I called the cops again. They spent about three hours here, trying to calm him down, getting abused in turn. My father even struggled with them physically — I don’t know where he found the energy. I confessed to them I was worried that he was going to try to poison me, and they advised me to keep all my own food in the bedroom, which seemed an insane piece of advice. Is this how I should live? Eventually, they realized that he was past any signposts of sanity, called the medics, slapped the Baker Act on him (“dangerous to self and others”) and took him to the hospital, where my father tried to kick and hit personnel. They gave him some anti-psychotics that made him worse. Eventually, with great difficulty, they found him a bed in a psychiatric institution.

And this is where the system began to play me. I was, of course, a babe in the woods, and as the situation unfolded, I spent my days on the phone, trying to figure out what to do from one day to the next. And I toured many institutions that take in the aged. My father’s insurance would have paid 100% of the costs of him being in the mental hospital. But after zonking him hard with several different anti-psychotics, they claimed he was just fine now (after a week!) and I should make other arrangements. I had him transferred to assisted living — a very nice place as such places go. They did not tell me he had developed bed sores. (My father refused to move while he was there, making them believe that he could not — so I can’t really say it was all their poor care that brought those sores about.)

Was he well? Of course not. He shrieked all the way down from the hospital to the assisted living home. When there, my father — who you remember “could not move at all” in the hospital, started running around the assisted living place, barging into people’s rooms, and that even without his usual walker. He created such an upheaval that I was required to pay for round the clock aides to keep an eye on him. Eventually, we were able to ease off, and the home made arrangements with neighboring “memory care” unit (that’s where the Alzheimer’s people are) to take him during the day. He was also further dosed with anti-psychotics which nobody seemed to be able to adjust so that the crazies would stop but he could function.

Well, in the end, that arrangement fell apart, and he went back to the local hospital. There he lay zonked out of his mind, his sores getting worse, while they were trying to figure out what to do with him. There was some sort of an appeal to the state that took several weeks to resolve. Meanwhile, I was looking for a memory care place for him — and was lucky to find out near me, a small one that was run by a church, and people had individual attention. When the state declined the appeal, the church facility took him in. I was so glad then, full of hope that they would be able to get him off the drugs and back to being alive. It looked that way at first.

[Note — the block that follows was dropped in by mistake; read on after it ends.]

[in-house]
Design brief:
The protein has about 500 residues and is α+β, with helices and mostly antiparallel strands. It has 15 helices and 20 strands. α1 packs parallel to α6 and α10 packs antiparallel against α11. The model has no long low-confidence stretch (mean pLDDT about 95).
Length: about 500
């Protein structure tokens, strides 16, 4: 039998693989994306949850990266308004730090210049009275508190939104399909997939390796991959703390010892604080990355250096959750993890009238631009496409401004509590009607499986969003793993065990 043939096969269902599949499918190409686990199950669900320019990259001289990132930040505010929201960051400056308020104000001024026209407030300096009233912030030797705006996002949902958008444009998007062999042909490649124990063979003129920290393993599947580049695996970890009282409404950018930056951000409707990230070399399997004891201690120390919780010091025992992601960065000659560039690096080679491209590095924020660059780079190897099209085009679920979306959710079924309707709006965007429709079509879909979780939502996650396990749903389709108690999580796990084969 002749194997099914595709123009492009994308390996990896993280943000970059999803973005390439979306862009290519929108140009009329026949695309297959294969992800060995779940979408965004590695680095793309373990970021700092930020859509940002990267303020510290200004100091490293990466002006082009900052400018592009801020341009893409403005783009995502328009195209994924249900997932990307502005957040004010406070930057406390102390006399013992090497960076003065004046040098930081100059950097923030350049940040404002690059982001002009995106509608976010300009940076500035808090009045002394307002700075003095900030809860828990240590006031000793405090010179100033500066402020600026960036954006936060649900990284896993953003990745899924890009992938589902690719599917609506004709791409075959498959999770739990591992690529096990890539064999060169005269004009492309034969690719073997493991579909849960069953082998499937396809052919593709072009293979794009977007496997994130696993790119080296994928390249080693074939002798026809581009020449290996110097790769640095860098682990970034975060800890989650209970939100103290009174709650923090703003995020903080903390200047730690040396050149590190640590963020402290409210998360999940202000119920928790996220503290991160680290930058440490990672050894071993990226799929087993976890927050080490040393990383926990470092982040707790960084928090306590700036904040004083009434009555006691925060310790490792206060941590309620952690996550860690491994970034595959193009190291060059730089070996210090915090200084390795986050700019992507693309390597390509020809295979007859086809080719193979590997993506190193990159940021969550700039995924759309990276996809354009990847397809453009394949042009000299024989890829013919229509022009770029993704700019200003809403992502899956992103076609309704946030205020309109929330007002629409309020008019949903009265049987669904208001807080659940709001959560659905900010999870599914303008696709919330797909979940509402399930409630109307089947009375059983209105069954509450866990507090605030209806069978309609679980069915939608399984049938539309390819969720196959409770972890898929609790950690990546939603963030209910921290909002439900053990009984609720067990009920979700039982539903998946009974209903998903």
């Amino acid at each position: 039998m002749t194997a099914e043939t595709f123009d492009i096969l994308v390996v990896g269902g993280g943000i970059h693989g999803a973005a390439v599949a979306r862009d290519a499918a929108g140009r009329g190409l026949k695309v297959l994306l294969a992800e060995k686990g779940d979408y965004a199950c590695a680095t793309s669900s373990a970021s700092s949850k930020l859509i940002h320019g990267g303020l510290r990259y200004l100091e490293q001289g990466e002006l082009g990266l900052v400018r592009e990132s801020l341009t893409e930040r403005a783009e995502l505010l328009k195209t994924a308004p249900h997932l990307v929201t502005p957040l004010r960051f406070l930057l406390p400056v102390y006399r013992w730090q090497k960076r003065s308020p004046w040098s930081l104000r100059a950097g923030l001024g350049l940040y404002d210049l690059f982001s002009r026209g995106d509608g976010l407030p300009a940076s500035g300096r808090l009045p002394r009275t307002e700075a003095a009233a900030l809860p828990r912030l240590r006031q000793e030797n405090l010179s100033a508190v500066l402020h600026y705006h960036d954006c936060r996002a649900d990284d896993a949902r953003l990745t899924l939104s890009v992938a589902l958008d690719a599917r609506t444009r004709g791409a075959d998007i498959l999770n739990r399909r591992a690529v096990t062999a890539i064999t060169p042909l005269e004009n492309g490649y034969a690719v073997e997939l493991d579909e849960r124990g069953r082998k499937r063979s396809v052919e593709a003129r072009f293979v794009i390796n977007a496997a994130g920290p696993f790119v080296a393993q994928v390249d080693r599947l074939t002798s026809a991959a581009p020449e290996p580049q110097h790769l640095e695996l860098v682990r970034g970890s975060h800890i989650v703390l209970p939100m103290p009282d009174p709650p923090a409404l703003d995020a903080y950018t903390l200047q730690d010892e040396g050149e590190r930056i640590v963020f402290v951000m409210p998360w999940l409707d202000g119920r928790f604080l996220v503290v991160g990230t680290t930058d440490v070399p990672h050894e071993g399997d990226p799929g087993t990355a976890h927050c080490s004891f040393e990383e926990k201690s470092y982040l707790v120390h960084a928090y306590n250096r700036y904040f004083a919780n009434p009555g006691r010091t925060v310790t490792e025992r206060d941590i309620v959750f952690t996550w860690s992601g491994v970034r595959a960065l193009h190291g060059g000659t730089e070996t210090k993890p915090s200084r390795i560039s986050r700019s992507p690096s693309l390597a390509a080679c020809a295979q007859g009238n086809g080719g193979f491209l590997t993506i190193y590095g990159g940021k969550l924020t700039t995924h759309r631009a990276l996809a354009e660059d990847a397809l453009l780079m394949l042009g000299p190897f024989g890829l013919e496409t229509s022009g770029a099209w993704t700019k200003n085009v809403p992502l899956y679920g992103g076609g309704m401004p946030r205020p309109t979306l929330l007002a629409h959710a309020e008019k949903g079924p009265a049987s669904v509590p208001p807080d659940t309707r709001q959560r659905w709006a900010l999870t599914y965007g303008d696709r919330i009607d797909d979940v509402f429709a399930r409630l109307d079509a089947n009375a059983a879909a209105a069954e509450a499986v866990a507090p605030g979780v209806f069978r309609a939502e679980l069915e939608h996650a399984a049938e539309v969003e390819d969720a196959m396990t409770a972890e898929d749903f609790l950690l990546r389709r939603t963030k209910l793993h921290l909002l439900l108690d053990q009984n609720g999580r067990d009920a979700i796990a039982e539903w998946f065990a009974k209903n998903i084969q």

Then I ran into insurance problems. If my father had straight Medicare, the facility’s doctors and rehab people could look after him. But he had one of those HMO plans that demand the patient goes to certain doctors only. My BC/BS advisor went on vacation, the replacement was not able to get me either a competent doctor or a rehab person, and my father’s muscles went rapidly into permanent atrophy. When he came there, he was coherent, and was able to get up and have lunch at the common table. Within days, he was shrieking his head off, back on the nasty drugs, alone in his room. I came twice a day to check on him. He could still talk to me. I asked him if he was hungry or thirsty. He said no. Then he said: “I am afraid.” My father… whom I’ve never known to be afraid of anyone. That was the last thing he said.

The next day, as I was coming in, the director called me and told me I should talk to the hospice. This too was a shock. That day my father had refused all food (he actually crushed the spoon they were using to feed him some yogurt) and his message was clear. I was up till midnight making the arrangements, late Friday night.

The hospice got him a special soft bed, and took excellent care of his bed sores. They also got an attendant to be with him 24 hours a day. They made sure he was getting some water to wet his mouth, and eventually began to rub liquid morphine around his gums (though in my opinion, it took them excruciatingly long to get around to it).

My father died 6 days after the hospice took over. In three months, he went from a healthy albeit intermittently demented person to a corpse.

I came out of this ordeal with a case of PTSD, a frozen shoulder, and a lot of questions. I am writing this post to warn others. There were three problems with his care. 1) The anti-psychotics ruined his health. 2) The advice I was given was of the sort designed to “draw down” his assets (such a nice official phrase, eh?). He could have stayed in the psych unit until they stabilized him, at no cost to us. Instead, they lied to me. The assisted living home was motivated to go along with the lie, because they stood to profit by his monthly rent. And in the end, even the church place should have advised me that it looked like my father needed hospice, not moving to yet another institution. More money for them. (They did tell me, but after he had been moved, while assuring me it looked like they were wrong.) And 3), when I begged people to calm my father with opiates (which would have given him constipation but would not have turned him into a zombie) rather than zombifying anti-psychotics, they refused. Only the hospice can administer the opiates, they said. I had nowhere to turn.

So this is the way we kill the troublesome aged in America. The quiet ones — and I saw many during my sojourn through the institutions — lie in their chairs in front of the TV day in, day out, year in, year out. The hospice, btw, was free and excellent. Apparently, it is important in the United States to pour unlimited money into the dying. Why?